Night Travel

In 2010 I was asked to give a composition workshop to a room full of amateur guitarist, many of whom had never put pen to paper (compositionally speaking). I was secretly dreading it. Teaching composition beyond the basics has never come easy to me. What most budding composers want to know is not relatively simple things like how to orchestrate, or how to modulate to the dominant, but: how to get an idea from the head to the page, or: how to set xyz into music (xyz invariably being an emotion, state of being, or something otherwise beyond quixotic). It’s sort of like bumping into Albert Einstein and casually asking “Hey, you know E = mc2… well, I’m not big on maths or physics, but can you just sort of sum it up for me real quick?”.

Anticipating these questions, my preemptive solution was to try and explain through demonstration. I decided that for this workshop I would write a piece from start to finish, there and then, during the 1-hour workshop. I would think-out-loud, describe the process as I went along and take questions as I did so; a sort of ‘inside the composer’s mind’ type thing.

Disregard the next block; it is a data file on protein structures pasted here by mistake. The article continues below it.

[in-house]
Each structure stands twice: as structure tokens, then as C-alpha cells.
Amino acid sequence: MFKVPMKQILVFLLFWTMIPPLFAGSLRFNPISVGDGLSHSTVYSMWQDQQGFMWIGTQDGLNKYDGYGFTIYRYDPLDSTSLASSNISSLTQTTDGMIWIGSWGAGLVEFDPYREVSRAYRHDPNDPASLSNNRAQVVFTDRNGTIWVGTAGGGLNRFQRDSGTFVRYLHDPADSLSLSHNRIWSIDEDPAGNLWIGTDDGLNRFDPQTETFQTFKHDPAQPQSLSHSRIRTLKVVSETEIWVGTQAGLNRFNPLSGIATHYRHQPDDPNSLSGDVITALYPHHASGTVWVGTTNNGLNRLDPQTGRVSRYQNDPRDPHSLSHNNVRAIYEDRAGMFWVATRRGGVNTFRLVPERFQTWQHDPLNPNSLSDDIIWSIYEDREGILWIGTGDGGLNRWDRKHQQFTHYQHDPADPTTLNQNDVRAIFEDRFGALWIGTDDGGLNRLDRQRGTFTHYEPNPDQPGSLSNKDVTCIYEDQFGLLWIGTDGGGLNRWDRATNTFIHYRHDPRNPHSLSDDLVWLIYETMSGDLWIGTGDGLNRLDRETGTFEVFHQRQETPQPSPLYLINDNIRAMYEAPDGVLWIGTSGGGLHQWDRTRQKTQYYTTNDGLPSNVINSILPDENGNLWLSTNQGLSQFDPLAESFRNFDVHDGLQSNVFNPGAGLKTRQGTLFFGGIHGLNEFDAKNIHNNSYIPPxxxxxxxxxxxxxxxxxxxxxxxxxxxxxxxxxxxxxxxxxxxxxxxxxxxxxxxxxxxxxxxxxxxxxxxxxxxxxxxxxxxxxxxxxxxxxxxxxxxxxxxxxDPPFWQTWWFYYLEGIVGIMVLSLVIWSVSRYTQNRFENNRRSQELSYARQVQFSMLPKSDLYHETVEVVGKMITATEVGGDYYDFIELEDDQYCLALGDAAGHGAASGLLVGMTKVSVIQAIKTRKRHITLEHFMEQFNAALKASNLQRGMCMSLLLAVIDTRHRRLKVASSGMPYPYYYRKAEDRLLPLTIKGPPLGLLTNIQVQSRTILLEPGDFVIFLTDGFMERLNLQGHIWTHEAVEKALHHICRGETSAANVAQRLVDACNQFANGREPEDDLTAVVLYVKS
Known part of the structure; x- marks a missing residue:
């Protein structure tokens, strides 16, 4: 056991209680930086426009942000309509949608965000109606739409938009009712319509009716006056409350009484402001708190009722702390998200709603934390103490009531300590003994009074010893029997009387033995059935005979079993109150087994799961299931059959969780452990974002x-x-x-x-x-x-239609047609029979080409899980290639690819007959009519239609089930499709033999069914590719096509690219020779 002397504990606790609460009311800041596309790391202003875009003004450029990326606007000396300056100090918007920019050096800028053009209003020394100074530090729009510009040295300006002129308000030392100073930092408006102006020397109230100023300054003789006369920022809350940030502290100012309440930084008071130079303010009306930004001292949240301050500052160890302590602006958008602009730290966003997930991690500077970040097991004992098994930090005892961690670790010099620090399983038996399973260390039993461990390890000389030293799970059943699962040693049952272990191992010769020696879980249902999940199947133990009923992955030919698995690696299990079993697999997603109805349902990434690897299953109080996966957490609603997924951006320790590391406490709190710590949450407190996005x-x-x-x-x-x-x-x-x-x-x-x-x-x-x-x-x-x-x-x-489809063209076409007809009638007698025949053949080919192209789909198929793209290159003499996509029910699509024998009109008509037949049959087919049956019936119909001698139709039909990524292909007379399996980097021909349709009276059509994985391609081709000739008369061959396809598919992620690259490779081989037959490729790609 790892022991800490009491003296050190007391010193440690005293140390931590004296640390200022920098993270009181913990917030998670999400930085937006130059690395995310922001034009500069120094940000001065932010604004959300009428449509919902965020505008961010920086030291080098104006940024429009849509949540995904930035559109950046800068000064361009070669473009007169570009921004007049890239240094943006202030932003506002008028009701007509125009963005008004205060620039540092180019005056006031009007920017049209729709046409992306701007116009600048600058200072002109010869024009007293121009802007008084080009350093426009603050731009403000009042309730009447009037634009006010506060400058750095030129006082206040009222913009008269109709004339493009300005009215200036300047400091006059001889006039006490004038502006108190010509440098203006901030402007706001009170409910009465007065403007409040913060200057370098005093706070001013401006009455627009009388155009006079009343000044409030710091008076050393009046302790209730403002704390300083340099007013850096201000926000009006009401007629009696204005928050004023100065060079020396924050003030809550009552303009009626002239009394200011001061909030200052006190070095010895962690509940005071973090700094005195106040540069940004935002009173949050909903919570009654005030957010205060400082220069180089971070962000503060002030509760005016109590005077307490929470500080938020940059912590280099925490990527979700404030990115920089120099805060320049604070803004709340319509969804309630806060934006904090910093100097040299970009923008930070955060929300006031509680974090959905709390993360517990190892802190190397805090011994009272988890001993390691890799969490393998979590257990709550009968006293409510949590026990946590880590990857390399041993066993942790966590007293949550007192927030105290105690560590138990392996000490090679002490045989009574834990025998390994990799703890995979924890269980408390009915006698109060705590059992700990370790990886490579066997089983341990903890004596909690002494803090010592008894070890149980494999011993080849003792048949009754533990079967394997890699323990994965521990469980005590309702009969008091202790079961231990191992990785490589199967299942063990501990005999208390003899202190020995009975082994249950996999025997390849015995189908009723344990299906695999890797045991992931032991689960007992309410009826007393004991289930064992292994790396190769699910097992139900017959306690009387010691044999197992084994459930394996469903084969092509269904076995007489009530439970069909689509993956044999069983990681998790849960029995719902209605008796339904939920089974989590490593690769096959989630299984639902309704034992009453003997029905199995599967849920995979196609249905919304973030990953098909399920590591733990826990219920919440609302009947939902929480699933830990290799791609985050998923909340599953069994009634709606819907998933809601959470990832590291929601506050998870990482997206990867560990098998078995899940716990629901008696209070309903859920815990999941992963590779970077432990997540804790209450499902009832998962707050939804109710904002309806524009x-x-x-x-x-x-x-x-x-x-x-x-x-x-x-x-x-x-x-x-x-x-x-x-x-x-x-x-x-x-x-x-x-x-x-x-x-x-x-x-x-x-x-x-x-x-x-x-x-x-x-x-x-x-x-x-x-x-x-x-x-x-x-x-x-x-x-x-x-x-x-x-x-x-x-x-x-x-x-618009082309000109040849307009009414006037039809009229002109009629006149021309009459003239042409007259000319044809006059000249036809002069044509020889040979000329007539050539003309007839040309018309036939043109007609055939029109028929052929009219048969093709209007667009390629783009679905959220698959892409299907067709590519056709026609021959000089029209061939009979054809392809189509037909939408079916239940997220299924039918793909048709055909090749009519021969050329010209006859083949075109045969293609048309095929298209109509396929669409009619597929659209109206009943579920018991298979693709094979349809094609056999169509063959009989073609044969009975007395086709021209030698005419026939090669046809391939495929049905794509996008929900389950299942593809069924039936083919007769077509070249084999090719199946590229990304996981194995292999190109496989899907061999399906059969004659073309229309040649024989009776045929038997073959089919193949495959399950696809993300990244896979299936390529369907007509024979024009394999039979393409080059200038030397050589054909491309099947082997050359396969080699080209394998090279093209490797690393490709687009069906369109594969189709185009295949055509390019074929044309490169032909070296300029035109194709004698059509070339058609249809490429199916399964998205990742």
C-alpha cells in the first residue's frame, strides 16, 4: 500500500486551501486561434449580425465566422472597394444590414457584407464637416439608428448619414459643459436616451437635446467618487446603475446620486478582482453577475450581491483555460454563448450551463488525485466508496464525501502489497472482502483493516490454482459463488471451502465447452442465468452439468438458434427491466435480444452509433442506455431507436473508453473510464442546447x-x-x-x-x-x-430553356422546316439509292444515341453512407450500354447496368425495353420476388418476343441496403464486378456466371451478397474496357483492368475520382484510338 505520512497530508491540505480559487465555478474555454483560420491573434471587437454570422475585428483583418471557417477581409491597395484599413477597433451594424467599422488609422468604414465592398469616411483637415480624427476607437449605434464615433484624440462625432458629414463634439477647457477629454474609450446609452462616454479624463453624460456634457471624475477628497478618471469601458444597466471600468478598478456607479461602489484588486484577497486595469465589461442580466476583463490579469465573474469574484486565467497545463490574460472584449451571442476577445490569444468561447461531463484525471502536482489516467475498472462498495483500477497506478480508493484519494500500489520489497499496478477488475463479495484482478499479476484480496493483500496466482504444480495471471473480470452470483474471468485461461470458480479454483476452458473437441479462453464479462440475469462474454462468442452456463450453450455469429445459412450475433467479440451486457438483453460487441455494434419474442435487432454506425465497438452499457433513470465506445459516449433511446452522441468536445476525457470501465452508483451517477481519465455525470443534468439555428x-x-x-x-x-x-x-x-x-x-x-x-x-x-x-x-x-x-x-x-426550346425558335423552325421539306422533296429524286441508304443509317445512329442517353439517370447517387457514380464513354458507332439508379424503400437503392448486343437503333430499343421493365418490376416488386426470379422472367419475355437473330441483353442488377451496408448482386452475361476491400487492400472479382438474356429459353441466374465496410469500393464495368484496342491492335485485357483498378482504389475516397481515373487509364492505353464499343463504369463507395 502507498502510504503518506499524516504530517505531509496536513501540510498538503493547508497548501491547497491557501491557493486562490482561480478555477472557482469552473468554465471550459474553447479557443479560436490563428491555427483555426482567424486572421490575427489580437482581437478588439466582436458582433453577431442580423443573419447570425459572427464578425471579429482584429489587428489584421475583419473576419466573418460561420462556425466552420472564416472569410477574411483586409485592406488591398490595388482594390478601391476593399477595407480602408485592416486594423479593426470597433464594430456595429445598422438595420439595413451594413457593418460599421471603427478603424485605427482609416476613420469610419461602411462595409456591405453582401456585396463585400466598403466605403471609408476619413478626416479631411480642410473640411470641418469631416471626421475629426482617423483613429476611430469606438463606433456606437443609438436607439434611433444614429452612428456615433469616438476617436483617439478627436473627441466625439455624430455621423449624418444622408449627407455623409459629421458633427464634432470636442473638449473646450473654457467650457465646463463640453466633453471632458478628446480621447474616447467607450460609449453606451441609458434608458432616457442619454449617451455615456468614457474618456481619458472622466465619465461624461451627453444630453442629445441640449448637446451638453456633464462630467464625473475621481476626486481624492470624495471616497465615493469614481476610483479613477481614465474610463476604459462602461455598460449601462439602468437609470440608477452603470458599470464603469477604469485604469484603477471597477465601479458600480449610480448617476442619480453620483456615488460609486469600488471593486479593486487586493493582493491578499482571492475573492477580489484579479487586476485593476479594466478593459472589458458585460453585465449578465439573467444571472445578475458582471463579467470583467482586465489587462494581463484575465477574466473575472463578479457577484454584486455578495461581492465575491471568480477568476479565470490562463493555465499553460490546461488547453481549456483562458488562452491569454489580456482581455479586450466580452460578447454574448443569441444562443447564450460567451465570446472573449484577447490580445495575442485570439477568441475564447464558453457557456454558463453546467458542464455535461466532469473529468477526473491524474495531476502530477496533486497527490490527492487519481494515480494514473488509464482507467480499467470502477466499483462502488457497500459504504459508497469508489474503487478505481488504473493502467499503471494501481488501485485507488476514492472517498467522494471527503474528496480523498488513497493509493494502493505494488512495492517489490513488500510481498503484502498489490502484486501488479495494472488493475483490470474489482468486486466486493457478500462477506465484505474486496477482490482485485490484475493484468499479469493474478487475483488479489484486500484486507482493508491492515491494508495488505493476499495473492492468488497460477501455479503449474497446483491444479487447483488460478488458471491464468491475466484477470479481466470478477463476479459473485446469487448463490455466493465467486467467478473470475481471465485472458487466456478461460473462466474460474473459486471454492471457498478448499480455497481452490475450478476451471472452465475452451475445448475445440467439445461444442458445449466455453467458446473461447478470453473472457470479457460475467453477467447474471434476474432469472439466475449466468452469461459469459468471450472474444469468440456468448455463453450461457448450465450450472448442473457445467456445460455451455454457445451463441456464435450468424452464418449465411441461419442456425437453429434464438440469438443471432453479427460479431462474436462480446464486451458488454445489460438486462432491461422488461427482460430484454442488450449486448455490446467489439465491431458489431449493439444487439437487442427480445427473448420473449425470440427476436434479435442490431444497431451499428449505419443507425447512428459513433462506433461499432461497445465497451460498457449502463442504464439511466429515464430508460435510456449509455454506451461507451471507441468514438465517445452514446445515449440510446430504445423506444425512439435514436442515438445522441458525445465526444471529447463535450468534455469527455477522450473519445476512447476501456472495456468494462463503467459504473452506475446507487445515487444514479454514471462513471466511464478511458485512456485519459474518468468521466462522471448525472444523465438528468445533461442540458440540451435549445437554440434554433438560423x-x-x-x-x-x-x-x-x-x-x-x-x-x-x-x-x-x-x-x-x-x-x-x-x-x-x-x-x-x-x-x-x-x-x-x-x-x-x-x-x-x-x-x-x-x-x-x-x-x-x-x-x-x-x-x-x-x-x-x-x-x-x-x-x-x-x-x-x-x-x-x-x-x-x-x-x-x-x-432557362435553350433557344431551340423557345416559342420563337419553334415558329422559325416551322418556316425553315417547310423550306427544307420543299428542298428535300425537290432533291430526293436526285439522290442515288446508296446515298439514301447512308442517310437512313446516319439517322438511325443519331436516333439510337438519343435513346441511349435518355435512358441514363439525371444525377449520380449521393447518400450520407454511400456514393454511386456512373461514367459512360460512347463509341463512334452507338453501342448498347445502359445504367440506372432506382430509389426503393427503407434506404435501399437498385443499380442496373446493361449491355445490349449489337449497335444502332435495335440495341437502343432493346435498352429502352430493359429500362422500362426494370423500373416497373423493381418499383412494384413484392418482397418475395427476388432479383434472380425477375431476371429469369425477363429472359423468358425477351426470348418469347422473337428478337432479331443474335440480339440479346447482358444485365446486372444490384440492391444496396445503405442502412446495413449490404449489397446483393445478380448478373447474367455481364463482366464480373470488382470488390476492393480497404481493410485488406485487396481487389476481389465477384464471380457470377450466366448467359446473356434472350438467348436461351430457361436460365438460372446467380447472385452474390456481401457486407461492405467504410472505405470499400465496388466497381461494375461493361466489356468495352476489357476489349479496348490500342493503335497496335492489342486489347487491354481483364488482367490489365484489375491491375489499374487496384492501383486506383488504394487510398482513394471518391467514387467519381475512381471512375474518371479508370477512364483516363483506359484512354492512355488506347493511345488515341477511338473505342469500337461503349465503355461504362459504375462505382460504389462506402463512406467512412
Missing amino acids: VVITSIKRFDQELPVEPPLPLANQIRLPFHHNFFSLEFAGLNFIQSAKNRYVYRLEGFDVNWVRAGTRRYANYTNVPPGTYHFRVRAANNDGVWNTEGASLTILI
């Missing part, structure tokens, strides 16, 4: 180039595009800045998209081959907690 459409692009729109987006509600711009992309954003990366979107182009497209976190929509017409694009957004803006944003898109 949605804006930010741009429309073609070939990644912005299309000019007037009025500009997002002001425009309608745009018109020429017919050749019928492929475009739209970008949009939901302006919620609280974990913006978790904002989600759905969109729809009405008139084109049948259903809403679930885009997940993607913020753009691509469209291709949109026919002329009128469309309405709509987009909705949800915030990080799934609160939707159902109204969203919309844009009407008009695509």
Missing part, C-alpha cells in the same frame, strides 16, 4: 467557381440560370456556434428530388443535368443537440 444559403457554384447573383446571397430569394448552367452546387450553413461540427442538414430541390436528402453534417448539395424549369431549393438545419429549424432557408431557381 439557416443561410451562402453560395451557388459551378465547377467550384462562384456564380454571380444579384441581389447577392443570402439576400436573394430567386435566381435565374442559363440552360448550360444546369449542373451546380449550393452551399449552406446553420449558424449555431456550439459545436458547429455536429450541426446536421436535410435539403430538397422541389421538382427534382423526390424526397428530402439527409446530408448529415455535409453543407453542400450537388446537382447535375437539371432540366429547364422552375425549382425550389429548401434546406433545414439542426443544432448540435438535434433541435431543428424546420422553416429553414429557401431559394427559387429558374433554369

Without putting too fine a point on it, it didn’t really work. I suspect half of the students were bemused, the remainder bored. What I failed to anticipate is that the compositional process—or at least my process—is pretty haphazard, non-linear. How did I go from wanting to write a piece about travelling in the back seat of a car at night to some sort of lydian thing in 7/8? Who knows. I certainly don’t, and in some ways I’m nervous to over-analyse it.

The other failure was that not only did I fail to finish writing the piece in the self-allotted 60 minutes, I barely started it. But I did get my main ingredients. The idea, the basic feel (I don’t mean rhythm, but a more generic sense of the piece) and the basic harmonic language.

From start to finish this piece was written in a day. Inspired by the ancient surroundings, and maybe because I had recently recorded lutenist James Akers in the same space, alongside the lydian stuff, there is a sort of renaissancey thing in there too; I’m sure Yngwie Malmsteen would most wholeheartedly approve.

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